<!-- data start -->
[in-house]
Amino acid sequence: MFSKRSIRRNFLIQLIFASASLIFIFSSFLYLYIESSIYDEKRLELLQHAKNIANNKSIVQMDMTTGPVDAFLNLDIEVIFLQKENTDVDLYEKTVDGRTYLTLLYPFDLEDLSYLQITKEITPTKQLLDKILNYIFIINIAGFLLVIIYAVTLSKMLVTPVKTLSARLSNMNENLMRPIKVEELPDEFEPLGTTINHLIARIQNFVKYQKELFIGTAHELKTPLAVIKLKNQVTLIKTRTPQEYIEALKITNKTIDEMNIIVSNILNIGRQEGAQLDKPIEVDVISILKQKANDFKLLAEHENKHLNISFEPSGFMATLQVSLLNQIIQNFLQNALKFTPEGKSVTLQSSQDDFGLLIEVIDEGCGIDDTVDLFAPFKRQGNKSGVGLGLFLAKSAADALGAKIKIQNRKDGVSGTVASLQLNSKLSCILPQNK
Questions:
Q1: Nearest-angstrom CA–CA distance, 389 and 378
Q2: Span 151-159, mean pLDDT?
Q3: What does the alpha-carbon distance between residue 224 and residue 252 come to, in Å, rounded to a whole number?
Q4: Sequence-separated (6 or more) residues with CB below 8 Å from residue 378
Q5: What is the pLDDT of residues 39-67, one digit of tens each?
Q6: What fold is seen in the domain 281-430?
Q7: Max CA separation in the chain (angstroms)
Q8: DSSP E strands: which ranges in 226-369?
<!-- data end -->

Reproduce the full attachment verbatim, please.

[in-house]
Amino acid sequence: MFSKRSIRRNFLIQLIFASASLIFIFSSFLYLYIESSIYDEKRLELLQHAKNIANNKSIVQMDMTTGPVDAFLNLDIEVIFLQKENTDVDLYEKTVDGRTYLTLLYPFDLEDLSYLQITKEITPTKQLLDKILNYIFIINIAGFLLVIIYAVTLSKMLVTPVKTLSARLSNMNENLMRPIKVEELPDEFEPLGTTINHLIARIQNFVKYQKELFIGTAHELKTPLAVIKLKNQVTLIKTRTPQEYIEALKITNKTIDEMNIIVSNILNIGRQEGAQLDKPIEVDVISILKQKANDFKLLAEHENKHLNISFEPSGFMATLQVSLLNQIIQNFLQNALKFTPEGKSVTLQSSQDDFGLLIEVIDEGCGIDDTVDLFAPFKRQGNKSGVGLGLFLAKSAADALGAKIKIQNRKDGVSGTVASLQLNSKLSCILPQNK
Questions:
Q1: Nearest-angstrom CA–CA distance, 389 and 378
Q2: Span 151-159, mean pLDDT?
Q3: What does the alpha-carbon distance between residue 224 and residue 252 come to, in Å, rounded to a whole number?
Q4: Sequence-separated (6 or more) residues with CB below 8 Å from residue 378
Q5: What is the pLDDT of residues 39-67, one digit of tens each?
Q6: What fold is seen in the domain 281-430?
Q7: Max CA separation in the chain (angstroms)
Q8: DSSP E strands: which ranges in 226-369?